Get up and running quickly with a Windows Phone app that builds on the effort you’ve put into creating your mobile website.
Smartphone users love apps! But developing apps for multiple platforms can be time-consuming. A great alternative might be a mobile website. Web developers are using HTML5 to create webpages that are more powerful and feature-rich than ever before. But a website is not as customizable as an app. Let’s look at some advantages to each approach to reaching your audience.
Many businesses and organizations have developed websites specifically to meet the demands of a society more and more accustomed to doing just about every task with mobile devices. Mobile websites:
Apps can be powerful and fast, but they are tied to a specific platform. You have to write your app for each platform on which you want it to be available. Despite this, dedicated apps for Windows Phone can have features that tip the balance in their favor, like:
Apps must also pass certification to be included in the Windows Phone Store. This gives users confidence when downloading an app from the Store, but it may add to your development cost.
There’s an ongoing debate between developers about mobile websites versus dedicated mobile apps. How about a solution that provides the best of both worlds? This is the hybrid web app, and Windows Phone has it.
A hybrid web app gives you a presence in the Windows Phone Store with much less effort than building an app from the ground up, and it adds features that can give it winning advantages over just a website.
With a hybrid web app you can:
For example, your app could support:
You could add many other features that you normally would find only in a dedicated Windows Phone app.
But, getting up and running quickly by leveraging the work you’ve already done creating your mobile website is where hybrid web apps really shine.
You could start a hybrid app from scratch by creating a hybrid web app using the HTML5 App template, or you could download and use parts of the Hybrid Web App sample as a starting point. Of course, your app should point to your own website, not the one in the sample, and include your own images.
The Hybrid Web App sample demonstrates an example of a hybrid web app by showing a wrapper of the Microsoft Store online mobile website.
Sample app main screen and website home page
It implements an app bar with buttons for home, refresh, pin to start, and share. The home button takes the user to the main page of the website. The refresh button reloads the current page.
With pin to start things start to get more interesting. This adds the ability to pin top-level category pages to Start as secondary Tiles.
Secondary Tiles pinned to Start
The share button enables the user to post a link to the current page to their social network accounts. This enables scenarios like sharing an item you just purchased or perhaps letting friends and family know what you’d like for a birthday gift!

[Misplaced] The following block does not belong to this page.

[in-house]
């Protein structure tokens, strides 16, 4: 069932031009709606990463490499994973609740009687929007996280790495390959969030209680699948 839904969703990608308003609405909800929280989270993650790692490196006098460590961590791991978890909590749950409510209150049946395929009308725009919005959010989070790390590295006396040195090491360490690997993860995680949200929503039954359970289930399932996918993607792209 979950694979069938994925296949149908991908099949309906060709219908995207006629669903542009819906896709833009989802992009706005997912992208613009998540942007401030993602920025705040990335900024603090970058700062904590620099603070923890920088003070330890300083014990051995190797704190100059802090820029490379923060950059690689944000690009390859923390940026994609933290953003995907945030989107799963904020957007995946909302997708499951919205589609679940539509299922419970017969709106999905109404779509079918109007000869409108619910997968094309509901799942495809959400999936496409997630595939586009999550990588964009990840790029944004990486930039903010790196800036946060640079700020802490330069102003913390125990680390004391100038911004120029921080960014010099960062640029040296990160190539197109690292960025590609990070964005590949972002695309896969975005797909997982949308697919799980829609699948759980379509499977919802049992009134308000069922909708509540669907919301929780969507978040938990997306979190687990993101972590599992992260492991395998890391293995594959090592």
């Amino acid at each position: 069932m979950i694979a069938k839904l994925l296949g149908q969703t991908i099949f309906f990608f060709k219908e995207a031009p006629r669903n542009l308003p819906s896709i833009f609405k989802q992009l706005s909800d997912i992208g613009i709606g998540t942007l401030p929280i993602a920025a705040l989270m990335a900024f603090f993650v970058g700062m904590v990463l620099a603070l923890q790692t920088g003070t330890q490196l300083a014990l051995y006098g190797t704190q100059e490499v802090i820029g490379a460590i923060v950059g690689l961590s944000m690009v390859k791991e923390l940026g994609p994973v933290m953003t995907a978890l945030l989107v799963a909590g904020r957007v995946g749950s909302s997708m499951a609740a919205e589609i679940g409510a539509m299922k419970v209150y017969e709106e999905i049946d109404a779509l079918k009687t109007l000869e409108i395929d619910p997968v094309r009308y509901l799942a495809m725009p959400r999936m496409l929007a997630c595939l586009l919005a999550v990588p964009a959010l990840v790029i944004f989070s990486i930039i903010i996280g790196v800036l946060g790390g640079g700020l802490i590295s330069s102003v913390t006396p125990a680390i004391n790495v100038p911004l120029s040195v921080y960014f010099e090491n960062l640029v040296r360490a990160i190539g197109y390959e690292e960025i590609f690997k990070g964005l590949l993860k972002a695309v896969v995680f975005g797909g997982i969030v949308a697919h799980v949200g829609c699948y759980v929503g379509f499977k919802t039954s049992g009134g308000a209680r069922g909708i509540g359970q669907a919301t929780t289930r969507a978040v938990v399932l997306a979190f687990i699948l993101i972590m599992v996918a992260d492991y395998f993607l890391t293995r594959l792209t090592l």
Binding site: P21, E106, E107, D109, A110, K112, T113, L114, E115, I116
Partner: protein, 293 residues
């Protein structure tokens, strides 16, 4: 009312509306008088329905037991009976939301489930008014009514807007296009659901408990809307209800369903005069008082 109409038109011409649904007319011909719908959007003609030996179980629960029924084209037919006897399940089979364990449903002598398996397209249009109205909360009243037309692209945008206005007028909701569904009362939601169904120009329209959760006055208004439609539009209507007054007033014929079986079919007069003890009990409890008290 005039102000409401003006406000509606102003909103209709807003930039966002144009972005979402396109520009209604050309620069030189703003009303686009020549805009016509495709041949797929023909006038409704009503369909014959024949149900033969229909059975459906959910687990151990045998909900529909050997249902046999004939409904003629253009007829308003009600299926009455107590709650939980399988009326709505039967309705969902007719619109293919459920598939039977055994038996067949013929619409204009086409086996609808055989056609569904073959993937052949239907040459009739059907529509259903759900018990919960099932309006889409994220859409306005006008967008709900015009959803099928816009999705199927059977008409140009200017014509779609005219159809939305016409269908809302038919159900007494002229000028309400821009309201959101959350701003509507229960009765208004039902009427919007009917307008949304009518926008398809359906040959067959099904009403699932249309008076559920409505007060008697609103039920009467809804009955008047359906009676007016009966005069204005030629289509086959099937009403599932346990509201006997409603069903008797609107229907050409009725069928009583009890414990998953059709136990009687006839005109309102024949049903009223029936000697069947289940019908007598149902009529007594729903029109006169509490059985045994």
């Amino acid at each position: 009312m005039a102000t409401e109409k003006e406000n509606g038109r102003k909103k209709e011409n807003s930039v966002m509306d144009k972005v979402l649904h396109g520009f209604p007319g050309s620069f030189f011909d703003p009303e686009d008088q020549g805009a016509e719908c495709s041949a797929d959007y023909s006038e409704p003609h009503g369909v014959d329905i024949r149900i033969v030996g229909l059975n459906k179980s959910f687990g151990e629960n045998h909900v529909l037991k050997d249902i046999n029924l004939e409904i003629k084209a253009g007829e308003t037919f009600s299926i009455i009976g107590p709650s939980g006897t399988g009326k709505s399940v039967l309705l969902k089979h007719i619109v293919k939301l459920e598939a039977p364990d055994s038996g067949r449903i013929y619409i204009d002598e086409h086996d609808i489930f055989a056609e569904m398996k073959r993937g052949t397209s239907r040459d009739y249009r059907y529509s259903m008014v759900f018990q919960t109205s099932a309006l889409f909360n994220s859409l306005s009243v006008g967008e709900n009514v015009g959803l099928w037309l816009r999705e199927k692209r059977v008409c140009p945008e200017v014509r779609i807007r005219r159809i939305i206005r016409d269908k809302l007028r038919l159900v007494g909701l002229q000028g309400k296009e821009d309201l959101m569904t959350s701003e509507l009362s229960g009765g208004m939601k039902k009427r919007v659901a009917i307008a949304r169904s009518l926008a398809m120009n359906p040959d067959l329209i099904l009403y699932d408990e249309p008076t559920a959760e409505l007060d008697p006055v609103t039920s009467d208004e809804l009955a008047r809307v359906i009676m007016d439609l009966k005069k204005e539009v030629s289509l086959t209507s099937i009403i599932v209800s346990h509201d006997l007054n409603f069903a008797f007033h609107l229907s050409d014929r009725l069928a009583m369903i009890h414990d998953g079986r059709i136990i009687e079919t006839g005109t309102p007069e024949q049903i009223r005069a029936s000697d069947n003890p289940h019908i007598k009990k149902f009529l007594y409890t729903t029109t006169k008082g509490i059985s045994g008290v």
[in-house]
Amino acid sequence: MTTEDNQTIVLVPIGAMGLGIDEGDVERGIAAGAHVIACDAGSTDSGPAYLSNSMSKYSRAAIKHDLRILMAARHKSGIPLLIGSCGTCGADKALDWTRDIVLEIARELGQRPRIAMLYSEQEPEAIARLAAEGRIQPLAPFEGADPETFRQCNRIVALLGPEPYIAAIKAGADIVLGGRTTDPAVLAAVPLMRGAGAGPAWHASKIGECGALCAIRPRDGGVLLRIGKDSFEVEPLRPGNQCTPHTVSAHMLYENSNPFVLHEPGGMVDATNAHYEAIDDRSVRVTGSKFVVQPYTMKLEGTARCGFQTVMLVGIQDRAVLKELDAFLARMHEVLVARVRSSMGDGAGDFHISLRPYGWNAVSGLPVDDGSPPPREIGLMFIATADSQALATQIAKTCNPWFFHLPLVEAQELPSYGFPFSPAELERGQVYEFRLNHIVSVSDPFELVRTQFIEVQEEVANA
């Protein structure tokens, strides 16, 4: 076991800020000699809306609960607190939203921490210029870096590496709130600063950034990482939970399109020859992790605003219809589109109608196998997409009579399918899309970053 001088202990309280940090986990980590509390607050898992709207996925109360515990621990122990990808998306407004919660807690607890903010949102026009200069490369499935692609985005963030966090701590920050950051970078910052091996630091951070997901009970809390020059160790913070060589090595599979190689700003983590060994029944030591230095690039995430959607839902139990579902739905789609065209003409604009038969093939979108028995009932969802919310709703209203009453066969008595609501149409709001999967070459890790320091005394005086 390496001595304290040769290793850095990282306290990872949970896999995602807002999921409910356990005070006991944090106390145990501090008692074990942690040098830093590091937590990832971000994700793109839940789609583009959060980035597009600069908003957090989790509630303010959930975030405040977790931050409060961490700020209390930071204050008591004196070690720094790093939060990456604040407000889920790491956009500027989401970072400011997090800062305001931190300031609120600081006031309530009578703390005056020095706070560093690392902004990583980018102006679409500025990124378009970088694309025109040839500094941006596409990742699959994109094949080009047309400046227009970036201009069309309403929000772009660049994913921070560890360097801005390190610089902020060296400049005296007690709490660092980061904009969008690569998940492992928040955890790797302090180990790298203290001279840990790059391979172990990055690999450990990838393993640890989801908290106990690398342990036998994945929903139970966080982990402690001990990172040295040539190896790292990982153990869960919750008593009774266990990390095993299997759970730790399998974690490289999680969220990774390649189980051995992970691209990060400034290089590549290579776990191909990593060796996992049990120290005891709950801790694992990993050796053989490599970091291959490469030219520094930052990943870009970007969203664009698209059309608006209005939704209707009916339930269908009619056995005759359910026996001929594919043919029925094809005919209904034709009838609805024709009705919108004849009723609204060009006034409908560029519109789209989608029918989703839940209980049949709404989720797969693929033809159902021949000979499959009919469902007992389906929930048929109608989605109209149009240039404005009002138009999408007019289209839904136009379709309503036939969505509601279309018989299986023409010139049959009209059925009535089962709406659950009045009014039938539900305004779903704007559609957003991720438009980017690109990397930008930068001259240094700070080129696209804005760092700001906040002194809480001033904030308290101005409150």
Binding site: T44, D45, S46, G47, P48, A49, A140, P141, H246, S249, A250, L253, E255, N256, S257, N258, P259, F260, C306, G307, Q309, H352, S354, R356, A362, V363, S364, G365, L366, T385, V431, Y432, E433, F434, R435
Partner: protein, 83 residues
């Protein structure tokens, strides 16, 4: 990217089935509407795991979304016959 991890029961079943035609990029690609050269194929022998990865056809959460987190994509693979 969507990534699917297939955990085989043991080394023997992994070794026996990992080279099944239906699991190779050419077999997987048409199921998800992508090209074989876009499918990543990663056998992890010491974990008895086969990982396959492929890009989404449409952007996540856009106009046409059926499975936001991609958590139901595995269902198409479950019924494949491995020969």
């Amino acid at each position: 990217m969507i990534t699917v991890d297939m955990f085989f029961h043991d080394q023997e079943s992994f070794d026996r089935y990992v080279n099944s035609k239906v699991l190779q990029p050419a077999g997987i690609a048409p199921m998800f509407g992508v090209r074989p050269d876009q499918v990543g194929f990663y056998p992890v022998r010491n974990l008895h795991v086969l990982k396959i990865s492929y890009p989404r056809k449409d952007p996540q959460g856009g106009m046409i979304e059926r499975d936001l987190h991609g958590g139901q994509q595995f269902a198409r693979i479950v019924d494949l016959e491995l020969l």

Sharing a webpage link on social media
Finally, there is a menu item called shopping cart. This takes the user to the webpage that displays their shopping cart on the Microsoft Store online website.
The Hybrid Web App sample is an example of a hybrid web app in action. You can use some of this code in building your Windows Phone hybrid web app. When building your own, you’ll need to change a few things.
There are two URLs in the project, one that points to the home page of the sample website and another that points to the shopping cart page. These are Microsoft URLs; you will need to remove them and add URLs that point to the relevant pages on your own site. Make sure you point to these pages in the mobile version of your website.
private string _homeURL = "http://m.microsoftstore.com/msusa/";
private string _shoppingCartURL = "http://m.microsoftstore.com/msusa/ShoppingCart";
The solution includes standard Windows Phone SDK sample app Tiles. These images are only examples; when you build your hybrid app, you will need to include your own app Tile images. When the user pins your app to Start from the App list, they should be able to resize the Tile to one of the three supported Tile sizes and resolutions. Your app should contain images in all three of these sizes.
Secondary Tiles are used for pinning deep links directly to Start. Similar to the app Tiles, the secondary Tile image included in the solution is an example; you should include artwork that represents the pages on your own website. The code that creates secondary Tiles is located in the PinApplicationBar_Click method in MainPage.xaml.cs.
There are many more modifications you can make to your app to get it just the way you want it. The beauty of a hybrid web app is that you can implement most of the features supported by the Windows Phone platform by leveraging your work from when you created your mobile website. You can add more features to your app in future updates. Here are just a few of the possibilities.
Live Tiles distinguish the Windows Phone from other smartphones. Live Tiles update in real time, right on Start. You can let users know about an upcoming sale, for example, to entice them to open your app and find more information.